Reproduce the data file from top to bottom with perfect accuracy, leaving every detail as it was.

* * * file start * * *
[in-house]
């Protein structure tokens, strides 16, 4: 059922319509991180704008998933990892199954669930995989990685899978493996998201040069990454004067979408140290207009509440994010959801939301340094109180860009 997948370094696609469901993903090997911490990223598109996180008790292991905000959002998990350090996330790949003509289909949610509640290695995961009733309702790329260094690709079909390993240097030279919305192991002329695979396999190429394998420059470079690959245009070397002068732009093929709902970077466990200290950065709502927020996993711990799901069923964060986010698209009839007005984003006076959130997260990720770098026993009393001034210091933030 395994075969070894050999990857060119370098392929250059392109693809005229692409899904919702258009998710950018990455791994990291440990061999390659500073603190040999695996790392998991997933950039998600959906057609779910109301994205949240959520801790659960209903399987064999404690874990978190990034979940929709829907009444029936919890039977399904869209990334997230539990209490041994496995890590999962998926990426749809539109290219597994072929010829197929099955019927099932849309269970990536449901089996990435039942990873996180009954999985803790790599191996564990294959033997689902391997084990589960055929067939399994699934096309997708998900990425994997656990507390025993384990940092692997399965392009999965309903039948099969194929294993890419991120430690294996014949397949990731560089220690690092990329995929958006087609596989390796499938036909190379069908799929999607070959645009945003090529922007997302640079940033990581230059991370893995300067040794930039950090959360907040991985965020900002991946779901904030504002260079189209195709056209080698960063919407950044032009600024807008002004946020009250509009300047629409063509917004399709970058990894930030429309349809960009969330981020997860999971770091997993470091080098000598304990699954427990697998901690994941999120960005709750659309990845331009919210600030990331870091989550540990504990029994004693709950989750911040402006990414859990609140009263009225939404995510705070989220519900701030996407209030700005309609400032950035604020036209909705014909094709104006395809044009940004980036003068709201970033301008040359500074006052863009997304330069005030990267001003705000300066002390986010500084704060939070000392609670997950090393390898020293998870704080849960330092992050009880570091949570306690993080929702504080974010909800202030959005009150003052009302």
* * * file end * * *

[in-house]
């Protein structure tokens, strides 16, 4: 059922319509991180704008998933990892199954669930995989990685899978493996998201040069990454004067979408140290207009509440994010959801939301340094109180860009 997948370094696609469901993903090997911490990223598109996180008790292991905000959002998990350090996330790949003509289909949610509640290695995961009733309702790329260094690709079909390993240097030279919305192991002329695979396999190429394998420059470079690959245009070397002068732009093929709902970077466990200290950065709502927020996993711990799901069923964060986010698209009839007005984003006076959130997260990720770098026993009393001034210091933030 395994075969070894050999990857060119370098392929250059392109693809005229692409899904919702258009998710950018990455791994990291440990061999390659500073603190040999695996790392998991997933950039998600959906057609779910109301994205949240959520801790659960209903399987064999404690874990978190990034979940929709829907009444029936919890039977399904869209990334997230539990209490041994496995890590999962998926990426749809539109290219597994072929010829197929099955019927099932849309269970990536449901089996990435039942990873996180009954999985803790790599191996564990294959033997689902391997084990589960055929067939399994699934096309997708998900990425994997656990507390025993384990940092692997399965392009999965309903039948099969194929294993890419991120430690294996014949397949990731560089220690690092990329995929958006087609596989390796499938036909190379069908799929999607070959645009945003090529922007997302640079940033990581230059991370893995300067040794930039950090959360907040991985965020900002991946779901904030504002260079189209195709056209080698960063919407950044032009600024807008002004946020009250509009300047629409063509917004399709970058990894930030429309349809960009969330981020997860999971770091997993470091080098000598304990699954427990697998901690994941999120960005709750659309990845331009919210600030990331870091989550540990504990029994004693709950989750911040402006990414859990609140009263009225939404995510705070989220519900701030996407209030700005309609400032950035604020036209909705014909094709104006395809044009940004980036003068709201970033301008040359500074006052863009997304330069005030990267001003705000300066002390986010500084704060939070000392609670997950090393390898020293998870704080849960330092992050009880570091949570306690993080929702504080974010909800202030959005009150003052009302």